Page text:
Here are some rods that are different colours. How could I make a dark green rod using yellow and white rods?
Arrange eight of the numbers between 1 and 9 in the Polo Square
below so that each side adds to the same total.
Is it possible to place 2 counters on the 3 by 3 grid so that there
is an even number of counters in every row and every column? How
about if you have 3 counters or 4 counters or....?
Are all the possible combinations of two shapes included in this
set of 27 cards? How do you know?
Frances and Rishi were given a bag of lollies. They shared them out evenly and had one left over. How many lollies could there have been in the bag?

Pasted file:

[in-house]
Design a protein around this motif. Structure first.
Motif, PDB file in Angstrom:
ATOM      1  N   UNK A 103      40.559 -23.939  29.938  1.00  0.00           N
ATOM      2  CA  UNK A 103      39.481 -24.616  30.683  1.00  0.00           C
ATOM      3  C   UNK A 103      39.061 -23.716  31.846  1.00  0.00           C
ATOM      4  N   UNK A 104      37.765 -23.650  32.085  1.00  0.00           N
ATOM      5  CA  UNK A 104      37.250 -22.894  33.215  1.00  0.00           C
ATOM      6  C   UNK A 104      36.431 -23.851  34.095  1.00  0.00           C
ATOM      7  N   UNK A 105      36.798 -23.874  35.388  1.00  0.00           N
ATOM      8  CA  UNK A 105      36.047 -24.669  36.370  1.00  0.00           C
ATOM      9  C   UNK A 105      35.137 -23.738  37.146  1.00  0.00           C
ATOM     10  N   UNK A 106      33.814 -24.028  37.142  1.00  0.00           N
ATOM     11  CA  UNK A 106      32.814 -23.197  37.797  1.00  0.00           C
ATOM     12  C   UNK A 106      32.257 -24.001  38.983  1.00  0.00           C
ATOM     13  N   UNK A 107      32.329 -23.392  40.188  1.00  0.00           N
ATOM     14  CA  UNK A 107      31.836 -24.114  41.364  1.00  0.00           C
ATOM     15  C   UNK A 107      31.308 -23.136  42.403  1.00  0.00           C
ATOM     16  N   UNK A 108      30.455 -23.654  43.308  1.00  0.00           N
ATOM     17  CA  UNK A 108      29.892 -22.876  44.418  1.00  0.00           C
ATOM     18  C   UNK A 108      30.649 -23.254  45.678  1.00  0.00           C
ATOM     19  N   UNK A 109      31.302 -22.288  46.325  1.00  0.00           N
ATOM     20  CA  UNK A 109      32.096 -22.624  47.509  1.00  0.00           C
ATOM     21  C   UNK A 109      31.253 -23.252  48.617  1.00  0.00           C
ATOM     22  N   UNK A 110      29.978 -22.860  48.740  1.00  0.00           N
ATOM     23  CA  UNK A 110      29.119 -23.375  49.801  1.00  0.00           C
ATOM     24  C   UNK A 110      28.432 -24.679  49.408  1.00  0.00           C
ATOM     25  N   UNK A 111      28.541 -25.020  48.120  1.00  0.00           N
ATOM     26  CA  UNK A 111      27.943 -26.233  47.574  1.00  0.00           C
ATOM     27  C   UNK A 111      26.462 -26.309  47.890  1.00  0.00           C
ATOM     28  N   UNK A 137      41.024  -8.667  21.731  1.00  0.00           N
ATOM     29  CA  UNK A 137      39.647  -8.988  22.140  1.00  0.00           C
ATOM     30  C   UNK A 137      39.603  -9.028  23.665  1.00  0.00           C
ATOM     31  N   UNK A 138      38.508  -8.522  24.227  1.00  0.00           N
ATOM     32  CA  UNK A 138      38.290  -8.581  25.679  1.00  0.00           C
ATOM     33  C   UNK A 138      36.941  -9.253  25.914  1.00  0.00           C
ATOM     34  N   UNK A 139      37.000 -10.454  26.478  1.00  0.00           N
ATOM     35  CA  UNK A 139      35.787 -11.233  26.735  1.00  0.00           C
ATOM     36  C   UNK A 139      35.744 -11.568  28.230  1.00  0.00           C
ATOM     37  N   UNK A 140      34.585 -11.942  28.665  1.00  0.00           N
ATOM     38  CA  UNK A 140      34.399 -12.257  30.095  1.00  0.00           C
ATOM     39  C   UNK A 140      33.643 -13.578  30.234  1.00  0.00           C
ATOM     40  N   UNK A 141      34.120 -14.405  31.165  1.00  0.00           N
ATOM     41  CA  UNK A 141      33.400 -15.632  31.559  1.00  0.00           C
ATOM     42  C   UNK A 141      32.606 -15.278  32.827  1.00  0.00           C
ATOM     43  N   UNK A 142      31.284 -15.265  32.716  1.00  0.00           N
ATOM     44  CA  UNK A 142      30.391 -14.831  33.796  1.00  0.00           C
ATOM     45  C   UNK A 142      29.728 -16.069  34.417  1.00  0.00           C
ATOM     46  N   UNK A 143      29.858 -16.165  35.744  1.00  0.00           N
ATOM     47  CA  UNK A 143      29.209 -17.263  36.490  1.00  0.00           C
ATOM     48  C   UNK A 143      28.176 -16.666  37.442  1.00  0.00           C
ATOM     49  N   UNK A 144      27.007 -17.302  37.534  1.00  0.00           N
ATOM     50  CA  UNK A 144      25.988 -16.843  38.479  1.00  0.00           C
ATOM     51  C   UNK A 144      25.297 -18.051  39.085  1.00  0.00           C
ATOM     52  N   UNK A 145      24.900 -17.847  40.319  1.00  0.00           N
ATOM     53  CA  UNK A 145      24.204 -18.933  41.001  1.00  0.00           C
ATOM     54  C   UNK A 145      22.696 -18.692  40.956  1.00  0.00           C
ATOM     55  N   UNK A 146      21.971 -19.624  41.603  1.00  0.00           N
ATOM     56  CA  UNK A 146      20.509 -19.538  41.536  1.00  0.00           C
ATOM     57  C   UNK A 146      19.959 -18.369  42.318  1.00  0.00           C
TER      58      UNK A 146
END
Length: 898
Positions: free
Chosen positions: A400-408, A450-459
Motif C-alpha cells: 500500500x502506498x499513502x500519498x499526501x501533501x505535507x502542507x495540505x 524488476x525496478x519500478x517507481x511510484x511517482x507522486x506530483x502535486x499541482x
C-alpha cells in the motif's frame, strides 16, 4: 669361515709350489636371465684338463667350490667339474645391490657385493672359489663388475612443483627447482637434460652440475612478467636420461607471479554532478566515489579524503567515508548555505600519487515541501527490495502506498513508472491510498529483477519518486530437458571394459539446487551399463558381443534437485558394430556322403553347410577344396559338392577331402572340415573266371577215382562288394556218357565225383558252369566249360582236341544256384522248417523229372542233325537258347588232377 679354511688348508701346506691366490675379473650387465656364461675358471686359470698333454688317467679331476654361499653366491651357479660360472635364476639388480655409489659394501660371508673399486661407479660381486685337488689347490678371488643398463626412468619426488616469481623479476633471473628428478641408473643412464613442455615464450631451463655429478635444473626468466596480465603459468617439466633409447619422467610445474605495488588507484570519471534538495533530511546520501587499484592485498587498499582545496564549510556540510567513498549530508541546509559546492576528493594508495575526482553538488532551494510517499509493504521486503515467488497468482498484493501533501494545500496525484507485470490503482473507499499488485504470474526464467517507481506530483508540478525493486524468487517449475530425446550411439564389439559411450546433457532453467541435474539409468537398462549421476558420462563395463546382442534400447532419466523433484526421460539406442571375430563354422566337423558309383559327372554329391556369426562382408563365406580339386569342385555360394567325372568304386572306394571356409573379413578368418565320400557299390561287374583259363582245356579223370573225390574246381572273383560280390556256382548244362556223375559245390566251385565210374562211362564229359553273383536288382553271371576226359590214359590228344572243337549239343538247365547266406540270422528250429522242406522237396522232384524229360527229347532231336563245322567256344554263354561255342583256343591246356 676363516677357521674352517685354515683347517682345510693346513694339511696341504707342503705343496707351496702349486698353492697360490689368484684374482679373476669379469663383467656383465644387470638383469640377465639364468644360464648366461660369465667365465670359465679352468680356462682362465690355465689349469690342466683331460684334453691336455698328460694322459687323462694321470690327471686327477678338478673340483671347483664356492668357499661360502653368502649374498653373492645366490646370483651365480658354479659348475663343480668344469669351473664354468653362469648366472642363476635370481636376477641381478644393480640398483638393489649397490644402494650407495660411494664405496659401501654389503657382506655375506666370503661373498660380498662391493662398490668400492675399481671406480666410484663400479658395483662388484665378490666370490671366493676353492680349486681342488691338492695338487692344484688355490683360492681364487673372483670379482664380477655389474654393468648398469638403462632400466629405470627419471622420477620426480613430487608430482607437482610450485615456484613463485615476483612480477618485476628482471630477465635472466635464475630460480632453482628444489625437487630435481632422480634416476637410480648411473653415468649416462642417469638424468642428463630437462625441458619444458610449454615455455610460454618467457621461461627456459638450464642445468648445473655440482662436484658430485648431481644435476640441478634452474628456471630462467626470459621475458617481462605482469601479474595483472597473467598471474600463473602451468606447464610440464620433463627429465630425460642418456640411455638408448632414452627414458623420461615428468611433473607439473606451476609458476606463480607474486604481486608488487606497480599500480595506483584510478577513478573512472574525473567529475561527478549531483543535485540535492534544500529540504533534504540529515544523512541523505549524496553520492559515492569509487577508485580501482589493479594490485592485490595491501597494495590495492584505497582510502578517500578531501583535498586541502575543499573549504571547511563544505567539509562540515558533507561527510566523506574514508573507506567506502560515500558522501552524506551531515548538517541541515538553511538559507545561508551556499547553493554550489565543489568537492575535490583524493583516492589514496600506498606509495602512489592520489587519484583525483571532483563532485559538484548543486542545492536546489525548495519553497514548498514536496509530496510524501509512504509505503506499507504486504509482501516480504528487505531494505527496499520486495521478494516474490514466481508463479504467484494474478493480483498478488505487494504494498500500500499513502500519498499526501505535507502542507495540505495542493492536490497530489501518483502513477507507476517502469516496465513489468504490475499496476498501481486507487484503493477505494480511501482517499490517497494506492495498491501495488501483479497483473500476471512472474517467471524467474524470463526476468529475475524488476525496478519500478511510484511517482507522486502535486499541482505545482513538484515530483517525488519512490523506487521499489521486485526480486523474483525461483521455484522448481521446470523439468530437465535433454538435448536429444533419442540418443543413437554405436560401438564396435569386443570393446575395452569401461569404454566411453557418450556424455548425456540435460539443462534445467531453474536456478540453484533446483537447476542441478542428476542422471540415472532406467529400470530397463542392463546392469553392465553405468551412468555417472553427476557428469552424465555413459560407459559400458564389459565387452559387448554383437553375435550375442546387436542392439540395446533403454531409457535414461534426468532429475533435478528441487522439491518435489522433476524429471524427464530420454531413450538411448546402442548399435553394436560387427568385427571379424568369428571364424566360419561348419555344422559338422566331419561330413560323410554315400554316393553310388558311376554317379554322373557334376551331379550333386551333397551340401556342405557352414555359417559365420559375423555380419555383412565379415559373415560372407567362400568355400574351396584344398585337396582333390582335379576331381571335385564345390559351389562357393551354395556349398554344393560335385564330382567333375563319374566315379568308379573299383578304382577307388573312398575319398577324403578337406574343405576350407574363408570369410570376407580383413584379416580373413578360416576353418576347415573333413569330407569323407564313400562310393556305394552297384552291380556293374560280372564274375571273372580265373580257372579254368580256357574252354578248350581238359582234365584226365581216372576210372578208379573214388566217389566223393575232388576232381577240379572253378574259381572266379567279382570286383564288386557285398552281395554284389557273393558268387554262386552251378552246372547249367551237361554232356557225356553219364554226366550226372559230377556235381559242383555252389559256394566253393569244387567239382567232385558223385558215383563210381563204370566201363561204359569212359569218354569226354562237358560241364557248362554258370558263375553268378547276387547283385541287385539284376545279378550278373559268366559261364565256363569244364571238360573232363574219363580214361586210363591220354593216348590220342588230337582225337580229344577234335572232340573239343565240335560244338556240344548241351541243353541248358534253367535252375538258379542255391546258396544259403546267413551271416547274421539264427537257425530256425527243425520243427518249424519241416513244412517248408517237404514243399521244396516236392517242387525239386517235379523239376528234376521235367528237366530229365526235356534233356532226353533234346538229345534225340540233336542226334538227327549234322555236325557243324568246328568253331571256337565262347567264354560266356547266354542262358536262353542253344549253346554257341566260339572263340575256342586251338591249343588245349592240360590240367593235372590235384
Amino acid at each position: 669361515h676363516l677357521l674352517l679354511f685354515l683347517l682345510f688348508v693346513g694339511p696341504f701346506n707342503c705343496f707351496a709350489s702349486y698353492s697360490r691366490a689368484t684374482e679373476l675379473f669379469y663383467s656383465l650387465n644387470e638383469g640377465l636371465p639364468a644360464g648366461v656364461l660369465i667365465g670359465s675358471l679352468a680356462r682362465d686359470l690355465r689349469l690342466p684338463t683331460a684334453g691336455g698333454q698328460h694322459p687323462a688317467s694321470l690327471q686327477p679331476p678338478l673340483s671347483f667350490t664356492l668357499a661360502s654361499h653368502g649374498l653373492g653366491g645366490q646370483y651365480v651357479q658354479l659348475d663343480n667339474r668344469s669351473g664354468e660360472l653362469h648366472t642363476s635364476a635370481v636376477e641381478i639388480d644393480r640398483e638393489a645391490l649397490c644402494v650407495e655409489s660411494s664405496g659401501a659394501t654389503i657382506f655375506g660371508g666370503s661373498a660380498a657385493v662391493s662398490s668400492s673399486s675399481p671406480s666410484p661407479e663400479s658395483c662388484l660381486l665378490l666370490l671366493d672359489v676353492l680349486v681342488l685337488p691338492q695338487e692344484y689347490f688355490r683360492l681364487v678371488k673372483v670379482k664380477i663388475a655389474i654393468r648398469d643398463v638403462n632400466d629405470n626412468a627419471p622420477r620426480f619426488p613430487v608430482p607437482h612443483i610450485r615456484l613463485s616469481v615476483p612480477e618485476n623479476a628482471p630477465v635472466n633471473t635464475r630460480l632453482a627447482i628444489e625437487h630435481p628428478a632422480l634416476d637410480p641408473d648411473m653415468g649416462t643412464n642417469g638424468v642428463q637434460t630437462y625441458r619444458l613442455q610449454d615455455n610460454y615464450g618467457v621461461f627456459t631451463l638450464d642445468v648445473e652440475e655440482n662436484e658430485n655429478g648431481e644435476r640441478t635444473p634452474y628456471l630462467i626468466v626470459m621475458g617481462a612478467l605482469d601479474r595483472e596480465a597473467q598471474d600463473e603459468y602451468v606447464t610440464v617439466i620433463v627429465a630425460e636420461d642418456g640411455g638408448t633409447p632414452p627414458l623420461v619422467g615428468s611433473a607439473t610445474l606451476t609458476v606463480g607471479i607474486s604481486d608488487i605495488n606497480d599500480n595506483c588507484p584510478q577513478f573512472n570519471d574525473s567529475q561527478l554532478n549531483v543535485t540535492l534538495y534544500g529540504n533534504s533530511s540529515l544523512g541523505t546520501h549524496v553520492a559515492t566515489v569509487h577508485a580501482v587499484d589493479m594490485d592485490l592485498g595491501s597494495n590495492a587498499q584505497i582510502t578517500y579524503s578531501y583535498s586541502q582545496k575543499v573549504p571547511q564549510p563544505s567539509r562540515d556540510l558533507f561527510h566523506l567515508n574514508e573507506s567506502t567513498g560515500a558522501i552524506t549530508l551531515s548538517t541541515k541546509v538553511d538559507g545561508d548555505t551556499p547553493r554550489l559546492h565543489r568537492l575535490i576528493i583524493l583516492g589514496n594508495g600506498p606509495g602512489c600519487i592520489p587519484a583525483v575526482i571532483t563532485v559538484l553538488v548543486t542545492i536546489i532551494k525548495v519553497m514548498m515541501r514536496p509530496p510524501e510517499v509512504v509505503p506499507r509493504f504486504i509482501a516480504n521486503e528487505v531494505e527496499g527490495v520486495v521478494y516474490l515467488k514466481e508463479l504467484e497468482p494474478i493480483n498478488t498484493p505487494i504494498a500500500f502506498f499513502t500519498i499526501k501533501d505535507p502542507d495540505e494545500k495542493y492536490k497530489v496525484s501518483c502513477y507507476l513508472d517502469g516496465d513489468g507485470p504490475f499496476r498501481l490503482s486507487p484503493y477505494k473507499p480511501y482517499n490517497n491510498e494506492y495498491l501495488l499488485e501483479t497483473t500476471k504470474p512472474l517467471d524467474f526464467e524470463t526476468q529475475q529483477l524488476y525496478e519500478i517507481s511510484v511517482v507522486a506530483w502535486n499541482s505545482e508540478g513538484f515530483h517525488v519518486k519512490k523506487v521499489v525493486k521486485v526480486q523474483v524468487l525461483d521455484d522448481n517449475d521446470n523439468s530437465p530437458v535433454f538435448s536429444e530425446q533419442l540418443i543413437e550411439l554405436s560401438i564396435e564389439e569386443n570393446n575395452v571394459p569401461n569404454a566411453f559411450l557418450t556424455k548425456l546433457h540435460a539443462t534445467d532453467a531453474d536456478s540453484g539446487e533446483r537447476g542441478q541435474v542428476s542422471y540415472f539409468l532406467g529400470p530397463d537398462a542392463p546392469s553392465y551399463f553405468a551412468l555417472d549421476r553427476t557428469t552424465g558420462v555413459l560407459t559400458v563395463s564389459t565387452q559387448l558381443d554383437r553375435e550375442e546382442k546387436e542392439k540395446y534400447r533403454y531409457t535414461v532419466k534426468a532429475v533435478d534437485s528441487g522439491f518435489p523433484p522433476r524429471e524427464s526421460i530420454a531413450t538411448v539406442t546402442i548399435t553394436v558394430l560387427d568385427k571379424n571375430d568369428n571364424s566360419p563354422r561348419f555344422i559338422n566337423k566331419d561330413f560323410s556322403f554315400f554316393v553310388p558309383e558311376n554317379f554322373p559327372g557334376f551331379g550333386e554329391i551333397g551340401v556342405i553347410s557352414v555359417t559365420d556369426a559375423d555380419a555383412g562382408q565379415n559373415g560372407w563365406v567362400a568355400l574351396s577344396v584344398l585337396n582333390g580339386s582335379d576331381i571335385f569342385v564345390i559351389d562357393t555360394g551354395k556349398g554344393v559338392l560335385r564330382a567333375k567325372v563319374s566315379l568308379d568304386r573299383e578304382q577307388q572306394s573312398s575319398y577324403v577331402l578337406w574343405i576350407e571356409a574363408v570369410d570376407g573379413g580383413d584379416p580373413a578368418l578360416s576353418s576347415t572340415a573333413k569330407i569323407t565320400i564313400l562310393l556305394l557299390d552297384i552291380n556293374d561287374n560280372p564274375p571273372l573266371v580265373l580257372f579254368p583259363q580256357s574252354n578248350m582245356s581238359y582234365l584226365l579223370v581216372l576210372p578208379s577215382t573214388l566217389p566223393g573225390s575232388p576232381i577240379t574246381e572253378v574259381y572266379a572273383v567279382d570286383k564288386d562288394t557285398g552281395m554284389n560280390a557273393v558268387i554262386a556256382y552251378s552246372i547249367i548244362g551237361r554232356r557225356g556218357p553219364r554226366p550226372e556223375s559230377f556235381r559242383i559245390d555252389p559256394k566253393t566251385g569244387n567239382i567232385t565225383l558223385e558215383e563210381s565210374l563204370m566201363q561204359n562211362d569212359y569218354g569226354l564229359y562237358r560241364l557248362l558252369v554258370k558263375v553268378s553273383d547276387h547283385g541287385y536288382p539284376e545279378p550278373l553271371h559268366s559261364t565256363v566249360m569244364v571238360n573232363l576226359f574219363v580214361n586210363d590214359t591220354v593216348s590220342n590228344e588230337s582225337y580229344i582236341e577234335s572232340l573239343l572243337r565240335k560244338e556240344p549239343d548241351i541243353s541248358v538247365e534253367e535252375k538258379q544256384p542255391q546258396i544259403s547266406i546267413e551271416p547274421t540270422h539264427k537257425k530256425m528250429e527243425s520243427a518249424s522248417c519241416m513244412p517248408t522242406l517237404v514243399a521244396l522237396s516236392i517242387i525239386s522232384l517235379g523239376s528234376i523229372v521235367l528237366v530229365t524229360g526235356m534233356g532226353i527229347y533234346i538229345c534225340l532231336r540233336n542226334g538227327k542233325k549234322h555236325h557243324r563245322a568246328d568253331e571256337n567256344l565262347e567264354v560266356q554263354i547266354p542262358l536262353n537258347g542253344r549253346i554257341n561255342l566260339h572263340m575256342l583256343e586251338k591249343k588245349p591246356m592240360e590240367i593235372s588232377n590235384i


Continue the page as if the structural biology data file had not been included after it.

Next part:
How many trains can you make which are the same length as Matt's, using rods that are identical?
Use these head, body and leg pieces to make Robot Monsters which
are different heights.
How can you put five cereal packets together to make different
shapes if you must put them face-to-face?
Tim had nine cards each with a different number from 1 to 9 on it.
How could he have put them into three piles so that the total in
each pile was 15?
This practical challenge invites you to investigate the different
squares you can make on a square geoboard or pegboard.
Number problems at primary level that require careful consideration.
Katie had a pack of 20 cards numbered from 1 to 20. She arranged
the cards into 6 unequal piles where each pile added to the same
total. What was the total and how could this be done?
Can you put the numbers 1-5 in the V shape so that both 'arms' have the same total?
You have two egg timers. One takes 4 minutes exactly to empty and